Answer to Image of the Month July 2013

Submitted by Meenakshi Batrani, Asha Kubba


Pityriasis rubra pilaris

The biopsy is from the elbow of a seven year old boy who presented with erythematous scaly plaques on the palms, soles, elbows and knees and erythema on the face and trunk.
Sections show a plugged follicular infundibulum and stratum corneum comprising of alternating orthokeratosis and parakeratosis in both horizontal and vertical directions forming a checkerboard pattern. Epidermis exhibits psoriasiform hyperplasia with broad rete ridges and thick suprapapillary plates and focal hypergranulosis. Mild perivascular lymphocytic inflammation is present in the superficial dermis.
Additional histopathological features which can be seen in some biopsies include mild spongiosis with scattered lymphocytic exocytosis and an occasional plasma cell/eosinophil in the superficial dermal infiltrate.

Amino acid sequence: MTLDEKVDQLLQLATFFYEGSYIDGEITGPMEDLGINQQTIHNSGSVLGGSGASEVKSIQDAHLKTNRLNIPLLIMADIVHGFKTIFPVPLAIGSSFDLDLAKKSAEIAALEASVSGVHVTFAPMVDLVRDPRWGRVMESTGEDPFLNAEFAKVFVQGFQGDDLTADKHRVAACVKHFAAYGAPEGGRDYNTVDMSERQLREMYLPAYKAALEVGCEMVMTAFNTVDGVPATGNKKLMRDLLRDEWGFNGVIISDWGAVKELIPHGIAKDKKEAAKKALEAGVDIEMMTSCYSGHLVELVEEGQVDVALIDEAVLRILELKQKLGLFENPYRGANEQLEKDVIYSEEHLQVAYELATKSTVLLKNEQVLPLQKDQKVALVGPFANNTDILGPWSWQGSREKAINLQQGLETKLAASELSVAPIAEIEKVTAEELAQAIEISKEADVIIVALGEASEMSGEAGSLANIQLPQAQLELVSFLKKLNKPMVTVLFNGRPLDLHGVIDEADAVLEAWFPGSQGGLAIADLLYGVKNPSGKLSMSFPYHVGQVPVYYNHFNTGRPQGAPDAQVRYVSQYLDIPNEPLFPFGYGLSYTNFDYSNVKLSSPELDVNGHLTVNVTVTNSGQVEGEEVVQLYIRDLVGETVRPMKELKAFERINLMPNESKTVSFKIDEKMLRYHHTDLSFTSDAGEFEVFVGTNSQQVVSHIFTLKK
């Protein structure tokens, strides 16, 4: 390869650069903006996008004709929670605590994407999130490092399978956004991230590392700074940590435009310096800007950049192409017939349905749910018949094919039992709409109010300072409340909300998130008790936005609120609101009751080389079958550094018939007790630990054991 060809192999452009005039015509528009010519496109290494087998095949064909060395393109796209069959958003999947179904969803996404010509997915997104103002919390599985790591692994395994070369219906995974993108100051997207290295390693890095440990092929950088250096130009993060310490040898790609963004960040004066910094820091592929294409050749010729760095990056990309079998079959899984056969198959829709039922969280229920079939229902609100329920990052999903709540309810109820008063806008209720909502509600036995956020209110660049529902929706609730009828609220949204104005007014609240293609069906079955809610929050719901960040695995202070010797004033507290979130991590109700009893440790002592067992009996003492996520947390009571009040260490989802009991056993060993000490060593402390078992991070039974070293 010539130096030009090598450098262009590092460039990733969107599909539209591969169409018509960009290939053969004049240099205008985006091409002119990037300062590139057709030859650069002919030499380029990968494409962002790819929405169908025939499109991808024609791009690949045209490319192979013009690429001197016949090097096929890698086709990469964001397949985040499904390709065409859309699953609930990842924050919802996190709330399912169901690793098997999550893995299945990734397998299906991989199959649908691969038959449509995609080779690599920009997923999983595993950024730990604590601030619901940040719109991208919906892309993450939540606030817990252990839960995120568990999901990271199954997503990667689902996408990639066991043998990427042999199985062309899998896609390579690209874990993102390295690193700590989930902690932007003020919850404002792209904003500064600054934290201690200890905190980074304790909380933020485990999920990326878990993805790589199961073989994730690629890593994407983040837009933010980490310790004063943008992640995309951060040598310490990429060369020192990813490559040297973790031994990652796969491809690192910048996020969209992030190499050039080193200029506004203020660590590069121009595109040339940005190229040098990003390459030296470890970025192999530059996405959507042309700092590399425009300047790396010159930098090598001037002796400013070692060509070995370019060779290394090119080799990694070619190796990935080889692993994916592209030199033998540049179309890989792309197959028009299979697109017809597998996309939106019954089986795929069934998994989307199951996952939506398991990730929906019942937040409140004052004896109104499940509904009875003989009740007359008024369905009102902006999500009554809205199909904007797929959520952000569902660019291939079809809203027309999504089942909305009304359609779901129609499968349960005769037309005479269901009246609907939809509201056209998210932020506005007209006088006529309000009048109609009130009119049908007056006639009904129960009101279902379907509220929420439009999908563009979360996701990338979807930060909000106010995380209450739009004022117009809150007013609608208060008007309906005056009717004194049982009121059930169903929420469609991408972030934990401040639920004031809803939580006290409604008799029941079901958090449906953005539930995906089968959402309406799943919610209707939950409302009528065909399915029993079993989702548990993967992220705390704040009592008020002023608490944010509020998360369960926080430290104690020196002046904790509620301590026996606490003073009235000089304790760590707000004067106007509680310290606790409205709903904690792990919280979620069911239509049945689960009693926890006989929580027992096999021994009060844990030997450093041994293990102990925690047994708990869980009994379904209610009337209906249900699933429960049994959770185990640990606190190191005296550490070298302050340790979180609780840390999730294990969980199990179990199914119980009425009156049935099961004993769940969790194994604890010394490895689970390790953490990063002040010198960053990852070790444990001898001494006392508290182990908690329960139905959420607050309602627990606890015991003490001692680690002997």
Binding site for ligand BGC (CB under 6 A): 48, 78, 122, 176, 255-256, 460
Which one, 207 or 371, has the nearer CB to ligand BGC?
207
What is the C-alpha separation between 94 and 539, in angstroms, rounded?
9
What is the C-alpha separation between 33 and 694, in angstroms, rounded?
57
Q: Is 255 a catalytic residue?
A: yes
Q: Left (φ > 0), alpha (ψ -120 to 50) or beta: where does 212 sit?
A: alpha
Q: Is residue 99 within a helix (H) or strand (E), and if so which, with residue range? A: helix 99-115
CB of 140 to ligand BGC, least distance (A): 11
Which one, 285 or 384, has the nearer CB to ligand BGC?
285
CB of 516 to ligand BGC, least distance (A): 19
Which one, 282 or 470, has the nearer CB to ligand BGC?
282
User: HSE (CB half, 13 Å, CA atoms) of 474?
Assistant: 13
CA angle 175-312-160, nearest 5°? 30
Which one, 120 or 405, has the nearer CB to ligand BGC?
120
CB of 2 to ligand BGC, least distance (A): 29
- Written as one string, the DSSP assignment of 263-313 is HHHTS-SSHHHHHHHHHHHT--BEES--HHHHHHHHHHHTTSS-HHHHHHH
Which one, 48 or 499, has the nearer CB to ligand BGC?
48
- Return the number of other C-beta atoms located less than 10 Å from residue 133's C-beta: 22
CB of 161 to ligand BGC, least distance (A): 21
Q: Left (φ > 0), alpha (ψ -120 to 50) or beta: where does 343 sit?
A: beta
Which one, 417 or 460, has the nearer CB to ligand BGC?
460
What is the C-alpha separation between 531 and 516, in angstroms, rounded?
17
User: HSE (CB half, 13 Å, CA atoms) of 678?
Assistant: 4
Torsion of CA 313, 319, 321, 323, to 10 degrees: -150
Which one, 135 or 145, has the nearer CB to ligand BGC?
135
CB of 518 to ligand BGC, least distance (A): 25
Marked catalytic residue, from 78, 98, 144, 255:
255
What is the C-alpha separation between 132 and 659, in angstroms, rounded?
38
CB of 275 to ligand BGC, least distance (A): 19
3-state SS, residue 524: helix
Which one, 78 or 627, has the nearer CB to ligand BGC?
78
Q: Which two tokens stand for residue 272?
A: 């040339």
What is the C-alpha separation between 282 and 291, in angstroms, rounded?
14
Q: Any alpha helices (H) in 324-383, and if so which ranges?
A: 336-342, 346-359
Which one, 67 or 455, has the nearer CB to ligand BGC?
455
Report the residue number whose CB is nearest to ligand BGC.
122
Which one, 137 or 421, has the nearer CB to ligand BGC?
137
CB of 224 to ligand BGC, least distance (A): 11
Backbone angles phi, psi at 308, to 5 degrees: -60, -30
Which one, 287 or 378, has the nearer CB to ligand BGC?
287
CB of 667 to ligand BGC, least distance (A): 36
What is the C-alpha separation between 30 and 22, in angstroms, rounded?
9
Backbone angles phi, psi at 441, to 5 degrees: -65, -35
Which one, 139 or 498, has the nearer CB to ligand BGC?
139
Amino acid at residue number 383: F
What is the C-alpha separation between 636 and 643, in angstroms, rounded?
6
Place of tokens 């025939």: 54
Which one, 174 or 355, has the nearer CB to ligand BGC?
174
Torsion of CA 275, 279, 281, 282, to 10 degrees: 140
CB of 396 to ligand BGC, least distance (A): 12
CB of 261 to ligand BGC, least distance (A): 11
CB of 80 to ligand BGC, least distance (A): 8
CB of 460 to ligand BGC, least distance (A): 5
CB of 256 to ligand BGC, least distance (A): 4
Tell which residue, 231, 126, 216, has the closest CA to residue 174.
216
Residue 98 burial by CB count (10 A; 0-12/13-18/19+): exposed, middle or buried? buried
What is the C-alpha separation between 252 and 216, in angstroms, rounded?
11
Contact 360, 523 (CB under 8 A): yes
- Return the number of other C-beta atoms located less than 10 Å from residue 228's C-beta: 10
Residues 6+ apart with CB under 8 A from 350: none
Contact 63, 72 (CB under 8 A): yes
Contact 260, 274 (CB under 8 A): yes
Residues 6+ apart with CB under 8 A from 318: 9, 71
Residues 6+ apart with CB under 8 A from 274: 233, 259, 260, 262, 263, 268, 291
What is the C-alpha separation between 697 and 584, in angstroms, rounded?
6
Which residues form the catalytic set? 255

Pityriasis rubra pilaris requires distinction from psoriasis which it can mimic both clinically and histopathologically. Features favouring psoriasis include confluent parakeratosis, presence of neutrophils forming Munro microabcess and spongiform pustule of Kogoj, hypogranulosis, elongated rete ridges with thinning of suprapapillary plates and tortuous congested vessels in the dermal papillae.

A clinical picture of a similar case appears below.

prp clinical

Confluent erythematous scaly plaques enclosing islands of normal skin. Note the tiny follicular papules within the islands and just beyond the margins of the plaques: these are a helpful clinical clue to the diagnosis. (Image courtesy: M Ramam)